What I Do
Christy McGill, Art Teacher - Divide Elementary School, Lookout, WV.
The union movement works to improve the lives of all people who work—not just those who have the benefits of union membership. In fact, the AFL-CIO has formed partnerships with worker centers and other groups of working people who do not have the legal right to collective bargaining. Some, like taxi workers, have been misclassified as independent contractors. Others, including domestic workers and day laborers, have been excluded from coverage by U.S. labor laws. All workers deserve fair treatment, respect and a voice at work, regardless of how they are classified by employers or regarded by labor law.
In 2006, the AFL-CIO began to formalize its relationship with the flourishing worker center movement—-domestically and internationally—in a number of ways. That year, the federation’s Executive Council authorized worker centers to formally affiliate with state labor federations, local labor councils and Working America. At the same time, the AFL-CIO entered into an historic partnership with the National Day Laborer Organizing Network under which the two organizations pledged to work together on state and local enforcement of rights, worker protections in areas including wage and hour laws, health and safety regulations, immigrants’ rights and employee misclassification, as well as immigration reform.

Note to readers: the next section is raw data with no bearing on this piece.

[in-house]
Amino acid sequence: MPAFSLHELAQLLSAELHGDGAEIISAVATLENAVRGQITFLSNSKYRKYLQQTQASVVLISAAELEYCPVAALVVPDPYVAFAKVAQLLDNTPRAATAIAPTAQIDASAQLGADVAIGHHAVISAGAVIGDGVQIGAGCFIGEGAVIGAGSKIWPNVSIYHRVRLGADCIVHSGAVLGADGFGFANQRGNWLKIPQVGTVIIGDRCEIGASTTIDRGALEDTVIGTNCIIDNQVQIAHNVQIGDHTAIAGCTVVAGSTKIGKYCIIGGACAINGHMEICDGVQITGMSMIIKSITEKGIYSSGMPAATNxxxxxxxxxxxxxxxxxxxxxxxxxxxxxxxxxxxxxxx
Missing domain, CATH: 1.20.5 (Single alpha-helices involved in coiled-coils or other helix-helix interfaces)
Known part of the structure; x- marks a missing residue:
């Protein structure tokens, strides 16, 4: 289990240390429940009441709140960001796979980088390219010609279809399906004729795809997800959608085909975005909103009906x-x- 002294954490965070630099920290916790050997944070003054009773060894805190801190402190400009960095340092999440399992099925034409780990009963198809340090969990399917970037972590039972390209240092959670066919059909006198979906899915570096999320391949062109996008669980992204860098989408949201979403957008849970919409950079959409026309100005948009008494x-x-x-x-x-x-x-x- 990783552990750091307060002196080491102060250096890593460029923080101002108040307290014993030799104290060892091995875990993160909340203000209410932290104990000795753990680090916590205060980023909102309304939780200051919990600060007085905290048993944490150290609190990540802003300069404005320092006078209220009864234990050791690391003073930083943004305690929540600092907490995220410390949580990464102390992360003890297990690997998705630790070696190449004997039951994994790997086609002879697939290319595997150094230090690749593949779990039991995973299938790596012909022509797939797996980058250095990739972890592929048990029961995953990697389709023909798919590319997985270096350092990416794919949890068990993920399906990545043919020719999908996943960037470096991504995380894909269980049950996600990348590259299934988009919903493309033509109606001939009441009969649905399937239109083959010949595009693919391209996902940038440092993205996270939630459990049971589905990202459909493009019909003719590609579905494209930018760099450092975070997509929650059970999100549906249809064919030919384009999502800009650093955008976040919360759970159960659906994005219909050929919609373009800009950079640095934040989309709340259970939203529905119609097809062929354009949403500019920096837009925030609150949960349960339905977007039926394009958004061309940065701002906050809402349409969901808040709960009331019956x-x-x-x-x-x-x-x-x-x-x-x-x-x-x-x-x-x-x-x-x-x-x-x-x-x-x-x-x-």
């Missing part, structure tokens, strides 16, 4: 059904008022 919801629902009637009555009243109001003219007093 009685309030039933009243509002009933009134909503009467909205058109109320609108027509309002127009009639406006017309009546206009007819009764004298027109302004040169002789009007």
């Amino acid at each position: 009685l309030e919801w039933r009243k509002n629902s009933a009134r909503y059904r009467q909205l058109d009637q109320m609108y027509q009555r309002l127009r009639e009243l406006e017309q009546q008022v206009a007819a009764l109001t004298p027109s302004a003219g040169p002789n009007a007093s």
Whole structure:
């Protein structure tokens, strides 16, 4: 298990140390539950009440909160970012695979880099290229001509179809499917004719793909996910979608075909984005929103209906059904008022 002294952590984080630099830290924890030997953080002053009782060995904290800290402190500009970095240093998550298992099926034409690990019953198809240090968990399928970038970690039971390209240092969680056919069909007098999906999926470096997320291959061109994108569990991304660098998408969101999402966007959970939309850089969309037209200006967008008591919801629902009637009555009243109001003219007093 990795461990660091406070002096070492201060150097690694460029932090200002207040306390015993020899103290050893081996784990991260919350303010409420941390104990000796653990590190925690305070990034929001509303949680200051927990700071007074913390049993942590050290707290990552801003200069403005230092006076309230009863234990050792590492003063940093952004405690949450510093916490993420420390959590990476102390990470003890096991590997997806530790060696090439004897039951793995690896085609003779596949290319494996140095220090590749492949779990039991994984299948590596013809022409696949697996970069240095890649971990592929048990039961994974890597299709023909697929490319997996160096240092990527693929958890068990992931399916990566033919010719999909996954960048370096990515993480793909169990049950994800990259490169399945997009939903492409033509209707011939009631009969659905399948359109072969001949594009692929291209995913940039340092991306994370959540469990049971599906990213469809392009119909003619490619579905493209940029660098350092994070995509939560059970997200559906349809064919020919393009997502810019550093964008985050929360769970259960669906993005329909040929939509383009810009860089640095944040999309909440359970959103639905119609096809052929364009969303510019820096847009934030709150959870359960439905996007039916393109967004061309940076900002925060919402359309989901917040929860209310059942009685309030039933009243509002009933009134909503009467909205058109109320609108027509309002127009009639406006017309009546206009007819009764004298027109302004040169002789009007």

The AFL-CIO continues to work with worker centers, in both the United States and Mexico, on organizing campaigns, policy initiatives and legislative and other joint efforts. In September 2011, the National Taxi Workers’ Alliance (the first worker center to formally affiliate with a local AFL-CIO body) became the first nontraditional workers’ organization to become formally chartered by the national AFL-CIO in more than six decades.
A new poll from the Pew Research Center shows that millennial women, those between 18 and 32 years old, recognize that while women have made gains in the workforce in recent decades, many of the roadblocks that have limited the careers of previous generations of women will cause them problems, too. Women who have entered the workforce in the past decade start off more equal to men in terms of pay than any previous generation and they are more educated than both earlier generations of women and men of the same age group. But they believe that, like earlier generations, they will fall further behind men in terms of pay equity once they have children.
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